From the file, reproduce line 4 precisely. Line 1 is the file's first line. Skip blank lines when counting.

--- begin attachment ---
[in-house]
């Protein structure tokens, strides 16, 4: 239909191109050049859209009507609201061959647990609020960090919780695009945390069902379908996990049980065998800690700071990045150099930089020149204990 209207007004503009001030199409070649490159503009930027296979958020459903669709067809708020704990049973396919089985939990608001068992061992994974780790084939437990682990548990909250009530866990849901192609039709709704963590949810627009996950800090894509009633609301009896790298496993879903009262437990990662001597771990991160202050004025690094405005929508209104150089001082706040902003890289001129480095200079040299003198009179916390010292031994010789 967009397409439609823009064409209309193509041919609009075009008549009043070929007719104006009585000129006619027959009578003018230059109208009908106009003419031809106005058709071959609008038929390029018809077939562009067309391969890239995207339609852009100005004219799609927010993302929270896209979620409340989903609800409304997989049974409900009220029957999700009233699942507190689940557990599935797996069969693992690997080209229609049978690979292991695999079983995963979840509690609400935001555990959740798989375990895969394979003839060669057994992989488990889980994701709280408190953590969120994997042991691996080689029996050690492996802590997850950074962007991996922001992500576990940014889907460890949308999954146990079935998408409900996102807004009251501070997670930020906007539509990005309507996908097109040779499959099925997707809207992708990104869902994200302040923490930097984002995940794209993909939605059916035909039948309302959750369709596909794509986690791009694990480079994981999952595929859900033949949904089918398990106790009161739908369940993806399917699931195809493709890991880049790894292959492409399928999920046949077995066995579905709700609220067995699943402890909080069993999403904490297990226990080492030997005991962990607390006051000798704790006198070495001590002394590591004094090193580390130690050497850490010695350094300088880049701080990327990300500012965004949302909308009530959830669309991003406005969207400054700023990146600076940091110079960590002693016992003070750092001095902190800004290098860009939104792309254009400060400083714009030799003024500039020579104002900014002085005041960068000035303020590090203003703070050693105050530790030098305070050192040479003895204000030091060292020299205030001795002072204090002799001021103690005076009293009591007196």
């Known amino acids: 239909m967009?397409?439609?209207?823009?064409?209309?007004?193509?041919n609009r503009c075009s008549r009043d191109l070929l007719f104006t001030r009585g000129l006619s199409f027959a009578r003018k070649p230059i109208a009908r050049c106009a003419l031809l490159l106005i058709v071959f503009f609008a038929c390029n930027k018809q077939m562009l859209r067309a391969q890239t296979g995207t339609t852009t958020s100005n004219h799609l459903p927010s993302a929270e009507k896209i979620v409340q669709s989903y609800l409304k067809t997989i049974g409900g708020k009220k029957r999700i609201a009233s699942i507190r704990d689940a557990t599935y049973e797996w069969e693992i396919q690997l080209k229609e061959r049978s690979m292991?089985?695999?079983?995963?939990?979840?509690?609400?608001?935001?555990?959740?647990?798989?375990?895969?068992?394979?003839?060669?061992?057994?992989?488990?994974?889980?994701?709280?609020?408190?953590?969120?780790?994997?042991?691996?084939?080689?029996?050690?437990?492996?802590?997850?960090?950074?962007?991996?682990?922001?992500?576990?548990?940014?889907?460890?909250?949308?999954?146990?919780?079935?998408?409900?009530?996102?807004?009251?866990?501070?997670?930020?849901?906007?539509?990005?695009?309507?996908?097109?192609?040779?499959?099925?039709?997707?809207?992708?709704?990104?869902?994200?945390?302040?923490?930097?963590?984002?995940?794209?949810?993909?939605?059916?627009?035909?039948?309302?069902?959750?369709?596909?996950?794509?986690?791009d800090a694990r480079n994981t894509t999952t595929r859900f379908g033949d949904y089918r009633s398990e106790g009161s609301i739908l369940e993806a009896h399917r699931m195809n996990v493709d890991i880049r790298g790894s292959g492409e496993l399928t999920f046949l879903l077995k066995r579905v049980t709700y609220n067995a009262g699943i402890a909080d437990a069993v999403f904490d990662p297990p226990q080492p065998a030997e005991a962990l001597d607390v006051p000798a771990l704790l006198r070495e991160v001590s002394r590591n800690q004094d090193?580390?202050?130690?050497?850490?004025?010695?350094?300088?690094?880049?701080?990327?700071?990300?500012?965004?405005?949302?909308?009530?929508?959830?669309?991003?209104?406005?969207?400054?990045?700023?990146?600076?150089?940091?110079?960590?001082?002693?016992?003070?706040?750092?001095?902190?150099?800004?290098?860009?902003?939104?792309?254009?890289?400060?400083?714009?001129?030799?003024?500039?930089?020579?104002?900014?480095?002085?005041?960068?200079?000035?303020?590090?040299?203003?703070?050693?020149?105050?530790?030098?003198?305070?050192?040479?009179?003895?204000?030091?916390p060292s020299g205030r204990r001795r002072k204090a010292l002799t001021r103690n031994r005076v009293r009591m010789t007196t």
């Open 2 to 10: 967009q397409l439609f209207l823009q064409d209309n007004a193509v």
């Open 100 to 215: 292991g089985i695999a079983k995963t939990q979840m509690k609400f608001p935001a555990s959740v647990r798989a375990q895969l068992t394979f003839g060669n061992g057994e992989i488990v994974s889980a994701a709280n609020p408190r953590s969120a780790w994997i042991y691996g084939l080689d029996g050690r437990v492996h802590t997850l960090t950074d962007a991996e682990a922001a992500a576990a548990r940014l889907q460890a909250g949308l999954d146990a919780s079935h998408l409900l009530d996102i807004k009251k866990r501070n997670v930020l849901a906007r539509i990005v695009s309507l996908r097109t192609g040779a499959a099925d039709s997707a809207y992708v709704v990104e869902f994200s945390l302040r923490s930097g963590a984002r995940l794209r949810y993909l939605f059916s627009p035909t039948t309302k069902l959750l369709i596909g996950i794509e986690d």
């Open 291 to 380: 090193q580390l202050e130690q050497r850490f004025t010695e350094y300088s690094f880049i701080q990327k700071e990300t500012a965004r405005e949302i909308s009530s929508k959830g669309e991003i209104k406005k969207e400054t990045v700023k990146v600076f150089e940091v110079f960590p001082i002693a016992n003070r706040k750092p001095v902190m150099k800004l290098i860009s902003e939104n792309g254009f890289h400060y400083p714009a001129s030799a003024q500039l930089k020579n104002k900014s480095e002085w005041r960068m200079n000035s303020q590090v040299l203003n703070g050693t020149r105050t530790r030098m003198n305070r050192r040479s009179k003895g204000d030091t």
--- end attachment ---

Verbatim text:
């Open 2 to 10: 967009q397409l439609f209207l823009q064409d209309n007004a193509v």